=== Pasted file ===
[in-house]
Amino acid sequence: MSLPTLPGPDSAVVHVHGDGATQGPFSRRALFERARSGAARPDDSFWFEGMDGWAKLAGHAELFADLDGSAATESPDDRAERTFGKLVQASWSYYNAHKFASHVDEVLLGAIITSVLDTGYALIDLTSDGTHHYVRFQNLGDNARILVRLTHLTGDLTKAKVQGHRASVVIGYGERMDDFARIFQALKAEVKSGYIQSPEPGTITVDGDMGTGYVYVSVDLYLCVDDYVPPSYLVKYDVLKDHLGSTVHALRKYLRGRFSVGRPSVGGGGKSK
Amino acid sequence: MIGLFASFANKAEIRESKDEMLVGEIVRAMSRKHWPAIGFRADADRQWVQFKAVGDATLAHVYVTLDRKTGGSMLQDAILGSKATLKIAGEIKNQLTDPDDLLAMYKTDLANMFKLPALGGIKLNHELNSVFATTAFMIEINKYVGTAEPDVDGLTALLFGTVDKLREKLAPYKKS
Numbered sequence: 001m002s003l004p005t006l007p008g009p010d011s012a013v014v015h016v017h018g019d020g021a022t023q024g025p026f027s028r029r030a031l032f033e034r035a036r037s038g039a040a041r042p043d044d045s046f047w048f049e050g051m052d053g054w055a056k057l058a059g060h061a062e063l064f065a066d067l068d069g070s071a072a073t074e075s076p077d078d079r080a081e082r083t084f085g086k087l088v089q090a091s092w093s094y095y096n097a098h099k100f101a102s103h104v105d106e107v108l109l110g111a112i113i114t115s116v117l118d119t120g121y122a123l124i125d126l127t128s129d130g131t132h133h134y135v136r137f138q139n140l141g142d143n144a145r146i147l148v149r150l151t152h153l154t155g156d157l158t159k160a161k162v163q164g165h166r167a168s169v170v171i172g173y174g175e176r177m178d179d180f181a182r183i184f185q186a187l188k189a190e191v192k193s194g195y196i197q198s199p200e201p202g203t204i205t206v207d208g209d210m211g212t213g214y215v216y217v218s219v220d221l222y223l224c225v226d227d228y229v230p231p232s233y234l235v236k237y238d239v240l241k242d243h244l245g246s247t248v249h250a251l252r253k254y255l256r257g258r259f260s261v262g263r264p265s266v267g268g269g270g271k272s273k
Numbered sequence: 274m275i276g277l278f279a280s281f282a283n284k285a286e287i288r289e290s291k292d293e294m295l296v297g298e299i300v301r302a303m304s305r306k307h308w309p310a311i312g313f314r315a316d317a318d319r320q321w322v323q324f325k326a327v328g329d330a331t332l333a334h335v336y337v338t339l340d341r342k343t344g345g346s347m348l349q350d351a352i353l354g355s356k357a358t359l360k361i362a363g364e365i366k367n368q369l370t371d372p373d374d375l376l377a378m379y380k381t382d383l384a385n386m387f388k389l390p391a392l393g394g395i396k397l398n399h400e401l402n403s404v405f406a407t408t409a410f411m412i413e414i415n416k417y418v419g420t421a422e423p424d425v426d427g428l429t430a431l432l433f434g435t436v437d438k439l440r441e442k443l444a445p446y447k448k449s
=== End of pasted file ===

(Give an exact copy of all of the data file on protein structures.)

[in-house]
Amino acid sequence: MSLPTLPGPDSAVVHVHGDGATQGPFSRRALFERARSGAARPDDSFWFEGMDGWAKLAGHAELFADLDGSAATESPDDRAERTFGKLVQASWSYYNAHKFASHVDEVLLGAIITSVLDTGYALIDLTSDGTHHYVRFQNLGDNARILVRLTHLTGDLTKAKVQGHRASVVIGYGERMDDFARIFQALKAEVKSGYIQSPEPGTITVDGDMGTGYVYVSVDLYLCVDDYVPPSYLVKYDVLKDHLGSTVHALRKYLRGRFSVGRPSVGGGGKSK
Amino acid sequence: MIGLFASFANKAEIRESKDEMLVGEIVRAMSRKHWPAIGFRADADRQWVQFKAVGDATLAHVYVTLDRKTGGSMLQDAILGSKATLKIAGEIKNQLTDPDDLLAMYKTDLANMFKLPALGGIKLNHELNSVFATTAFMIEINKYVGTAEPDVDGLTALLFGTVDKLREKLAPYKKS
Numbered sequence: 001m002s003l004p005t006l007p008g009p010d011s012a013v014v015h016v017h018g019d020g021a022t023q024g025p026f027s028r029r030a031l032f033e034r035a036r037s038g039a040a041r042p043d044d045s046f047w048f049e050g051m052d053g054w055a056k057l058a059g060h061a062e063l064f065a066d067l068d069g070s071a072a073t074e075s076p077d078d079r080a081e082r083t084f085g086k087l088v089q090a091s092w093s094y095y096n097a098h099k100f101a102s103h104v105d106e107v108l109l110g111a112i113i114t115s116v117l118d119t120g121y122a123l124i125d126l127t128s129d130g131t132h133h134y135v136r137f138q139n140l141g142d143n144a145r146i147l148v149r150l151t152h153l154t155g156d157l158t159k160a161k162v163q164g165h166r167a168s169v170v171i172g173y174g175e176r177m178d179d180f181a182r183i184f185q186a187l188k189a190e191v192k193s194g195y196i197q198s199p200e201p202g203t204i205t206v207d208g209d210m211g212t213g214y215v216y217v218s219v220d221l222y223l224c225v226d227d228y229v230p231p232s233y234l235v236k237y238d239v240l241k242d243h244l245g246s247t248v249h250a251l252r253k254y255l256r257g258r259f260s261v262g263r264p265s266v267g268g269g270g271k272s273k
Numbered sequence: 274m275i276g277l278f279a280s281f282a283n284k285a286e287i288r289e290s291k292d293e294m295l296v297g298e299i300v301r302a303m304s305r306k307h308w309p310a311i312g313f314r315a316d317a318d319r320q321w322v323q324f325k326a327v328g329d330a331t332l333a334h335v336y337v338t339l340d341r342k343t344g345g346s347m348l349q350d351a352i353l354g355s356k357a358t359l360k361i362a363g364e365i366k367n368q369l370t371d372p373d374d375l376l377a378m379y380k381t382d383l384a385n386m387f388k389l390p391a392l393g394g395i396k397l398n399h400e401l402n403s404v405f406a407t408t409a410f411m412i413e414i415n416k417y418v419g420t421a422e423p424d425v426d427g428l429t430a431l432l433f434g435t436v437d438k439l440r441e442k443l444a445p446y447k448k449s